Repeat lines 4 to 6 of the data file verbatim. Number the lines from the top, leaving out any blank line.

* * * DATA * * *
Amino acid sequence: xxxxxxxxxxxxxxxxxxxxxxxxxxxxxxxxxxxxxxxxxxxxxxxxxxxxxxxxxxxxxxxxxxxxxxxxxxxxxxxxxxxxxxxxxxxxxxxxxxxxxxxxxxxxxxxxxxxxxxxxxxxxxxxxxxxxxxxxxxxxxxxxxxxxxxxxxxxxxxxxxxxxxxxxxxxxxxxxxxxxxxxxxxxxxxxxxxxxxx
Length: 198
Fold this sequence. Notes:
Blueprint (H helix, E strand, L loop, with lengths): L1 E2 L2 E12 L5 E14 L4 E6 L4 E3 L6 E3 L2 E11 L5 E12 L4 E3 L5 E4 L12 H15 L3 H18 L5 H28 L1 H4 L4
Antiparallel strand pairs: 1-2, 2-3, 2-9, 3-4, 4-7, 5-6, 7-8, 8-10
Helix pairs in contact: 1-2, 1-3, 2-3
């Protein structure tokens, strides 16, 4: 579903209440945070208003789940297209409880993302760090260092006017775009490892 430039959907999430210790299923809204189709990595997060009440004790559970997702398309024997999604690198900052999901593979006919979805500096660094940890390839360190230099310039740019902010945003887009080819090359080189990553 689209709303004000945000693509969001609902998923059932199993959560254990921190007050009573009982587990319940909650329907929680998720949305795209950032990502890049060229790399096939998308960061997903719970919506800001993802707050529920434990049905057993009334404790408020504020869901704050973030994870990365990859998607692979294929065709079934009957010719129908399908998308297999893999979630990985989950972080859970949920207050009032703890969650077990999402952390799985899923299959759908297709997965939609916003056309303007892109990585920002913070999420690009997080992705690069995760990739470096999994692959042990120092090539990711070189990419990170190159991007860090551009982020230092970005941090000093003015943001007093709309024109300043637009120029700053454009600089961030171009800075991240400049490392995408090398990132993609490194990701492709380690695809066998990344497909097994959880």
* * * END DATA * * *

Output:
Blueprint (H helix, E strand, L loop, with lengths): L1 E2 L2 E12 L5 E14 L4 E6 L4 E3 L6 E3 L2 E11 L5 E12 L4 E3 L5 E4 L12 H15 L3 H18 L5 H28 L1 H4 L4
Antiparallel strand pairs: 1-2, 2-3, 2-9, 3-4, 4-7, 5-6, 7-8, 8-10
Helix pairs in contact: 1-2, 1-3, 2-3